In the chaos that too many Americans have come to know as “combat,” the United States of America is fortunate to have an incredible amount of heroes, who selflessly sacrifice for their country.  Yesterday, Staff Sergeant Travis W. Atkins was recognized at one of those heroes as his son accepted the Medal of Honor for his dad who died to save his fellow service members in Abu Samak, Iraq.  

“(Atkins) rose to the highest calling, he laid down his life to save the lives of his fellow warriors. In so doing, he embodied the deepest meaning of the motto of the 10th Mountain Division: He climbed to glory,” said President Trump at the White House ceremony.   

Serving his second tour in Iraq, Atkins and his squad were completing a route clearance mission southwest of Baghdad.  Two men were crossing the road ahead of Atkin’s parked Humvee.  As the Soldiers yelled at the two men, they began to react. Atkins initiated a search with one of the men when the situation became hostile as they engaged in hand-to-hand combat. Shortly thereafter, Atkins recognized the suicide vest on the man, wrapped his arms around him taking him to the ground where the explosives went off killing both men but saving the lives of Atkin’s squad members.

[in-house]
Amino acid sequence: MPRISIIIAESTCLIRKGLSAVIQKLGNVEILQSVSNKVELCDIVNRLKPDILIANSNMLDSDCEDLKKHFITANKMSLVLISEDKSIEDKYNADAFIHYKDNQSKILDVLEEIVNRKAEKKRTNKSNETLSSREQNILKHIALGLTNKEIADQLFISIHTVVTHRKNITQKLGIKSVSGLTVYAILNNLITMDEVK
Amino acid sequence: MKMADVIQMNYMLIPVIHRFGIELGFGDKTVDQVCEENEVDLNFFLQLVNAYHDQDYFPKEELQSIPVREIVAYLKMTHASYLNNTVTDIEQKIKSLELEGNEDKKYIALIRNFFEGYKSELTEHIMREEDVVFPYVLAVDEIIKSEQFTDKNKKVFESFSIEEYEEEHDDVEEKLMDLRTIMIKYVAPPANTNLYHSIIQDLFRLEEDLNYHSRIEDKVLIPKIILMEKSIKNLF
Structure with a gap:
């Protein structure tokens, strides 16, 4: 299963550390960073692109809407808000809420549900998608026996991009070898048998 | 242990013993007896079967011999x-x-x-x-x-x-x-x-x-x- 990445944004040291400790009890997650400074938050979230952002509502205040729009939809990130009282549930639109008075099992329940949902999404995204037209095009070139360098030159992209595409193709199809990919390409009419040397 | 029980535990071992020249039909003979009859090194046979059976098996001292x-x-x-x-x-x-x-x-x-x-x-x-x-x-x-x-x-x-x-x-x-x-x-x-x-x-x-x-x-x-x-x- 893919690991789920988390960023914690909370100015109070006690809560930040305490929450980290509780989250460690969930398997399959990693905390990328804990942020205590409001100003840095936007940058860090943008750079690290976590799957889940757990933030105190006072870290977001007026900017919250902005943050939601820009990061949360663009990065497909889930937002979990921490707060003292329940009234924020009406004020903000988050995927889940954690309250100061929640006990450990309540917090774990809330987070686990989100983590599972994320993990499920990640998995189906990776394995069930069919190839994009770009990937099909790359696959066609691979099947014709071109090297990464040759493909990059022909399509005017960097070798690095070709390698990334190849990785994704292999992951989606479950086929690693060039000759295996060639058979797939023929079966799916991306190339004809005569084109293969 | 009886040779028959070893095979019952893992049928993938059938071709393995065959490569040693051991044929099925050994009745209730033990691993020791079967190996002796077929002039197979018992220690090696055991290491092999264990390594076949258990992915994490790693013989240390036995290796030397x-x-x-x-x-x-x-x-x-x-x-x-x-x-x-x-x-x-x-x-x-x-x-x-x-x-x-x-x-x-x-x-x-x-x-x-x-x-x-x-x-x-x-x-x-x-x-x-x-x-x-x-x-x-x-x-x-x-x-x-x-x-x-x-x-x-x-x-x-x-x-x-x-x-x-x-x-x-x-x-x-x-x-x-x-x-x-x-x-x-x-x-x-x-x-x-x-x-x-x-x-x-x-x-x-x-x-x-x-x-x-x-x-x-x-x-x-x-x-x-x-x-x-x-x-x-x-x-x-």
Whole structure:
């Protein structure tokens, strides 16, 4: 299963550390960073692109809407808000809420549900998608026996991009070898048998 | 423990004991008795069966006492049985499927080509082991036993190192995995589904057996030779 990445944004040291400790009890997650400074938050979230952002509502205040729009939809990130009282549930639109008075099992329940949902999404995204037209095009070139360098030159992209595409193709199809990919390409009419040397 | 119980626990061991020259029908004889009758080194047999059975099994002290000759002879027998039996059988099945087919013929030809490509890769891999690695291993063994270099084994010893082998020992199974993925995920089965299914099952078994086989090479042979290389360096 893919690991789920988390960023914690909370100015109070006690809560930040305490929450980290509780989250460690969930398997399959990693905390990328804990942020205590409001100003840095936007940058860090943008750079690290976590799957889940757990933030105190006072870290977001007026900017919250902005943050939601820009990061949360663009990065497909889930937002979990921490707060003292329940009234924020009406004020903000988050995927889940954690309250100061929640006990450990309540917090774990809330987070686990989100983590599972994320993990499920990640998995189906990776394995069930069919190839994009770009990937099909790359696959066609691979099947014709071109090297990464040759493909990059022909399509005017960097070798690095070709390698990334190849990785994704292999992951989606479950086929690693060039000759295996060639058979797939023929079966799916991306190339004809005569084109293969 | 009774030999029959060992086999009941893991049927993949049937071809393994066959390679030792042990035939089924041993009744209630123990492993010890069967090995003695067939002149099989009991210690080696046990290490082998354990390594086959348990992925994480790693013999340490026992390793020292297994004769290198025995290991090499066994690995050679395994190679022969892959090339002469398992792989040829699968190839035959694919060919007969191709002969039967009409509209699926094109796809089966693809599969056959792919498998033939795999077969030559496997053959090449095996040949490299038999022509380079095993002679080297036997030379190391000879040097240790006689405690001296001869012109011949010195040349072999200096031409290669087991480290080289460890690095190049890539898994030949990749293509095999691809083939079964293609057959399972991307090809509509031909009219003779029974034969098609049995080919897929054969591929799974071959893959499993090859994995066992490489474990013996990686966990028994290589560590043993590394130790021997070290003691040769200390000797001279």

“In his final moments on earth, Travis did not run — he didn’t know what it was to run. He did not hesitate,” Trump said. 

Atkins is originally from Bozeman, Montana and enjoyed the outdoor life.  After working as a contractor for some time, he enlisted in the Army to serve with the 101stAirborne Division deploying to Kuwait and Iraq in 2003.  After this tour, Atkins decided to go home and work toward his college degree. Feeling unfilled, he re-enlisted in 2005 and was assigned the legendary 10thMountain Division before deploying again, this time as a Staff Sergeant to Iraq in 2007. 

Originally, his gallantry was recognized with the Distinguished Service Cross. However, the Department of Defense reviewed Atkins great act of valor and on March 27, 2019 he was posthumously awarded the Medal of Honor.  Trevor accepted the medal from the President and told the crowd how much he enjoyed listening to his dad’s stories about his battle buddies.  The young man was 11 years old when he lost his dad but had great things to say about his American-hero-dad.  

In January 2013, the leadership at Fort Drum, New York dedicated one their 10thMountain Division gyms, as the Atkins Functional Fitness Facility. Atkin’s service will be remembered by every service member assigned there for generations to come.  

HMG Staff Writer: Carl Ey
Photo By: Department of Defense